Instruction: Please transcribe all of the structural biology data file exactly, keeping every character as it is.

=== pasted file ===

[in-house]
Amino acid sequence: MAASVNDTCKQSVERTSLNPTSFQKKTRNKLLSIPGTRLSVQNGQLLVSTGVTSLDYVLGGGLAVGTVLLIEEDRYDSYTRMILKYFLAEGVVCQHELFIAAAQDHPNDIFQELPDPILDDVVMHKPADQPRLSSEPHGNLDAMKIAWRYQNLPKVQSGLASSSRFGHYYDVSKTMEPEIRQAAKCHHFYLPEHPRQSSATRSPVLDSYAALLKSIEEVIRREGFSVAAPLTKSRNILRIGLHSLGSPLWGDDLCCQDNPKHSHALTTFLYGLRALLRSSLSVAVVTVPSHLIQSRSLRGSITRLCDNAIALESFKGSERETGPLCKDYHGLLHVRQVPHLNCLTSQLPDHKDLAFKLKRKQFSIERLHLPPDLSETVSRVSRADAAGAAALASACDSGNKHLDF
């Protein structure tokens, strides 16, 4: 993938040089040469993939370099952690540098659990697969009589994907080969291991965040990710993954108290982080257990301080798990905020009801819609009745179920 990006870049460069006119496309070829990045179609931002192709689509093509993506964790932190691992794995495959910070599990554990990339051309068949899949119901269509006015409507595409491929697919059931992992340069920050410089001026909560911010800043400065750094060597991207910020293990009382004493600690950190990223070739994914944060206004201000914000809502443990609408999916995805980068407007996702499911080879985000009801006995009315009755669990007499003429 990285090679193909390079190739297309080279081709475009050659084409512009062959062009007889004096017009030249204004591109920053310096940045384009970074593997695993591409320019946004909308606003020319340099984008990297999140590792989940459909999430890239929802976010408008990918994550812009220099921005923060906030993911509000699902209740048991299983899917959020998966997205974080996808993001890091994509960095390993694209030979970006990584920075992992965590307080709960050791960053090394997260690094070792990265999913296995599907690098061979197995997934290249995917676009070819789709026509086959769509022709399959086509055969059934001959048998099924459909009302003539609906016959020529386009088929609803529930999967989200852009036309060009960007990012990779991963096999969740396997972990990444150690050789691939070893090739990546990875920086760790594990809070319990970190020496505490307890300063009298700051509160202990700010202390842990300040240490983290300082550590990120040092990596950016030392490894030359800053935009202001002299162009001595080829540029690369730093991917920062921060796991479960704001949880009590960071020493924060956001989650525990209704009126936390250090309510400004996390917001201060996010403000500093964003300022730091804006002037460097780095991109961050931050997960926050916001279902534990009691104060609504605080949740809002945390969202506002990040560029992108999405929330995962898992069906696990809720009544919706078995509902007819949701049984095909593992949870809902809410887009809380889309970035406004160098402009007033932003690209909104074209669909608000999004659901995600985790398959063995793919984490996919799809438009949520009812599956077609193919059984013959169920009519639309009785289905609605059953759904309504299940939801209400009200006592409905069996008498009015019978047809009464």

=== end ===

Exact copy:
[in-house]
Amino acid sequence: MAASVNDTCKQSVERTSLNPTSFQKKTRNKLLSIPGTRLSVQNGQLLVSTGVTSLDYVLGGGLAVGTVLLIEEDRYDSYTRMILKYFLAEGVVCQHELFIAAAQDHPNDIFQELPDPILDDVVMHKPADQPRLSSEPHGNLDAMKIAWRYQNLPKVQSGLASSSRFGHYYDVSKTMEPEIRQAAKCHHFYLPEHPRQSSATRSPVLDSYAALLKSIEEVIRREGFSVAAPLTKSRNILRIGLHSLGSPLWGDDLCCQDNPKHSHALTTFLYGLRALLRSSLSVAVVTVPSHLIQSRSLRGSITRLCDNAIALESFKGSERETGPLCKDYHGLLHVRQVPHLNCLTSQLPDHKDLAFKLKRKQFSIERLHLPPDLSETVSRVSRADAAGAAALASACDSGNKHLDF
């Protein structure tokens, strides 16, 4: 993938040089040469993939370099952690540098659990697969009589994907080969291991965040990710993954108290982080257990301080798990905020009801819609009745179920 990006870049460069006119496309070829990045179609931002192709689509093509993506964790932190691992794995495959910070599990554990990339051309068949899949119901269509006015409507595409491929697919059931992992340069920050410089001026909560911010800043400065750094060597991207910020293990009382004493600690950190990223070739994914944060206004201000914000809502443990609408999916995805980068407007996702499911080879985000009801006995009315009755669990007499003429 990285090679193909390079190739297309080279081709475009050659084409512009062959062009007889004096017009030249204004591109920053310096940045384009970074593997695993591409320019946004909308606003020319340099984008990297999140590792989940459909999430890239929802976010408008990918994550812009220099921005923060906030993911509000699902209740048991299983899917959020998966997205974080996808993001890091994509960095390993694209030979970006990584920075992992965590307080709960050791960053090394997260690094070792990265999913296995599907690098061979197995997934290249995917676009070819789709026509086959769509022709399959086509055969059934001959048998099924459909009302003539609906016959020529386009088929609803529930999967989200852009036309060009960007990012990779991963096999969740396997972990990444150690050789691939070893090739990546990875920086760790594990809070319990970190020496505490307890300063009298700051509160202990700010202390842990300040240490983290300082550590990120040092990596950016030392490894030359800053935009202001002299162009001595080829540029690369730093991917920062921060796991479960704001949880009590960071020493924060956001989650525990209704009126936390250090309510400004996390917001201060996010403000500093964003300022730091804006002037460097780095991109961050931050997960926050916001279902534990009691104060609504605080949740809002945390969202506002990040560029992108999405929330995962898992069906696990809720009544919706078995509902007819949701049984095909593992949870809902809410887009809380889309970035406004160098402009007033932003690209909104074209669909608000999004659901995600985790398959063995793919984490996919799809438009949520009812599956077609193919059984013959169920009519639309009785289905609605059953759904309504299940939801209400009200006592409905069996008498009015019978047809009464």